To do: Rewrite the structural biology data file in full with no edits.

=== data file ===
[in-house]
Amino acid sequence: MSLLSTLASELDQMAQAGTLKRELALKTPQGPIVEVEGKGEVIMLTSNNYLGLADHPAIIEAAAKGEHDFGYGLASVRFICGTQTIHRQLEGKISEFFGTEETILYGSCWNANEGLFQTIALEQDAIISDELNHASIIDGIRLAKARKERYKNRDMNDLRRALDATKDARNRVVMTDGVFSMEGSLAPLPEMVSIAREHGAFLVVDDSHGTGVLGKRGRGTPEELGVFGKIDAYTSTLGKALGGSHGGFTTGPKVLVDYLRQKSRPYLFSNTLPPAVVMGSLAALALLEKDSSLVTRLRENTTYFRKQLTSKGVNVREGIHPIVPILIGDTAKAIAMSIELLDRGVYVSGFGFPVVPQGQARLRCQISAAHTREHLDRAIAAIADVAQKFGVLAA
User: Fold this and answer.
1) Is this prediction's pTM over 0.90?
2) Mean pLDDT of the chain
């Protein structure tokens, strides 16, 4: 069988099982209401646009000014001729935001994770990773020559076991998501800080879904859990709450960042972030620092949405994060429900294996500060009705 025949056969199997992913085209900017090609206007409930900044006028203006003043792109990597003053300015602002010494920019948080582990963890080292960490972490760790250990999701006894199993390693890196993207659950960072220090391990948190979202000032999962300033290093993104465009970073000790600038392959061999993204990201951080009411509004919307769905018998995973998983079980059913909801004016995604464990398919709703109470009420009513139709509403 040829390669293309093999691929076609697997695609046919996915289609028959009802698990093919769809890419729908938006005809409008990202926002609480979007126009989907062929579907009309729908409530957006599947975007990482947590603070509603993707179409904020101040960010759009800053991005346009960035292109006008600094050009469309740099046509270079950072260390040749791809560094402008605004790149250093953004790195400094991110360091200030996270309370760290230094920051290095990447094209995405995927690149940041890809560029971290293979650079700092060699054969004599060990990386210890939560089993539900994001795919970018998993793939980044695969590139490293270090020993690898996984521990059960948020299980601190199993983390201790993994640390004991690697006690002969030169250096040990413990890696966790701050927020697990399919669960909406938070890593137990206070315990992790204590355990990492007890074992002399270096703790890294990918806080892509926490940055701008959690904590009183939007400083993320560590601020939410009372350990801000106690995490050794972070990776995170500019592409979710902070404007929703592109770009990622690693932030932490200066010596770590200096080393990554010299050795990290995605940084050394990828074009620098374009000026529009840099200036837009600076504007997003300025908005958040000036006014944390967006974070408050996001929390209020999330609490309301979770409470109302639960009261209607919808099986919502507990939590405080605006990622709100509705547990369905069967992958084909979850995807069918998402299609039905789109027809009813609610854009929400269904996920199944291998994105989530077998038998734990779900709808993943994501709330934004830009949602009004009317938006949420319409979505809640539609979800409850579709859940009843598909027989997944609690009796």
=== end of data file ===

[in-house]
Amino acid sequence: MSLLSTLASELDQMAQAGTLKRELALKTPQGPIVEVEGKGEVIMLTSNNYLGLADHPAIIEAAAKGEHDFGYGLASVRFICGTQTIHRQLEGKISEFFGTEETILYGSCWNANEGLFQTIALEQDAIISDELNHASIIDGIRLAKARKERYKNRDMNDLRRALDATKDARNRVVMTDGVFSMEGSLAPLPEMVSIAREHGAFLVVDDSHGTGVLGKRGRGTPEELGVFGKIDAYTSTLGKALGGSHGGFTTGPKVLVDYLRQKSRPYLFSNTLPPAVVMGSLAALALLEKDSSLVTRLRENTTYFRKQLTSKGVNVREGIHPIVPILIGDTAKAIAMSIELLDRGVYVSGFGFPVVPQGQARLRCQISAAHTREHLDRAIAAIADVAQKFGVLAA
User: Fold this and answer.
1) Is this prediction's pTM over 0.90?
2) Mean pLDDT of the chain
């Protein structure tokens, strides 16, 4: 069988099982209401646009000014001729935001994770990773020559076991998501800080879904859990709450960042972030620092949405994060429900294996500060009705 025949056969199997992913085209900017090609206007409930900044006028203006003043792109990597003053300015602002010494920019948080582990963890080292960490972490760790250990999701006894199993390693890196993207659950960072220090391990948190979202000032999962300033290093993104465009970073000790600038392959061999993204990201951080009411509004919307769905018998995973998983079980059913909801004016995604464990398919709703109470009420009513139709509403 040829390669293309093999691929076609697997695609046919996915289609028959009802698990093919769809890419729908938006005809409008990202926002609480979007126009989907062929579907009309729908409530957006599947975007990482947590603070509603993707179409904020101040960010759009800053991005346009960035292109006008600094050009469309740099046509270079950072260390040749791809560094402008605004790149250093953004790195400094991110360091200030996270309370760290230094920051290095990447094209995405995927690149940041890809560029971290293979650079700092060699054969004599060990990386210890939560089993539900994001795919970018998993793939980044695969590139490293270090020993690898996984521990059960948020299980601190199993983390201790993994640390004991690697006690002969030169250096040990413990890696966790701050927020697990399919669960909406938070890593137990206070315990992790204590355990990492007890074992002399270096703790890294990918806080892509926490940055701008959690904590009183939007400083993320560590601020939410009372350990801000106690995490050794972070990776995170500019592409979710902070404007929703592109770009990622690693932030932490200066010596770590200096080393990554010299050795990290995605940084050394990828074009620098374009000026529009840099200036837009600076504007997003300025908005958040000036006014944390967006974070408050996001929390209020999330609490309301979770409470109302639960009261209607919808099986919502507990939590405080605006990622709100509705547990369905069967992958084909979850995807069918998402299609039905789109027809009813609610854009929400269904996920199944291998994105989530077998038998734990779900709808993943994501709330934004830009949602009004009317938006949420319409979505809640539609979800409850579709859940009843598909027989997944609690009796």